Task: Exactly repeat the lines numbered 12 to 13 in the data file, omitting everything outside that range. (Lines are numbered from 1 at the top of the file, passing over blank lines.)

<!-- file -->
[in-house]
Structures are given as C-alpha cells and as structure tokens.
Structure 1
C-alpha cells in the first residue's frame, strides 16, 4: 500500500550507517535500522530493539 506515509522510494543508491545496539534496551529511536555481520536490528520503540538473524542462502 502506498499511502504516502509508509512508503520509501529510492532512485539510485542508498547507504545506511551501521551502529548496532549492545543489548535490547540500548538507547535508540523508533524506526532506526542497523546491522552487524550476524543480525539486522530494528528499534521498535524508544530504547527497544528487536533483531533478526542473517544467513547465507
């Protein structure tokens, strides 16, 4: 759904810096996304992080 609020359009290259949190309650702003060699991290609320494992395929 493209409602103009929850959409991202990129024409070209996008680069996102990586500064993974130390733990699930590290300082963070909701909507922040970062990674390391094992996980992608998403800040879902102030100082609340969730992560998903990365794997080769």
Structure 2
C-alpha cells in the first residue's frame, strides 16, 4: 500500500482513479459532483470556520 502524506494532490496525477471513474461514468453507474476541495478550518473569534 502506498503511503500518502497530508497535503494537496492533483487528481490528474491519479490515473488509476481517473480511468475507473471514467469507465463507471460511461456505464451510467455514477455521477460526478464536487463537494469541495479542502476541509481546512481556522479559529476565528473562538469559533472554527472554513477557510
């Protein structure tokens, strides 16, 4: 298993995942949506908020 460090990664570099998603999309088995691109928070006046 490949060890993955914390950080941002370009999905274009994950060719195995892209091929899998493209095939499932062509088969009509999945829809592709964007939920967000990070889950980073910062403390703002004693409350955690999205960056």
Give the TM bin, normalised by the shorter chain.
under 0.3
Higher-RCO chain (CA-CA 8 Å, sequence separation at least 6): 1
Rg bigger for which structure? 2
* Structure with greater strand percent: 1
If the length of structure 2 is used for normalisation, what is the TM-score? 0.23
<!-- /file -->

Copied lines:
Rg bigger for which structure? 2
* Structure with greater strand percent: 1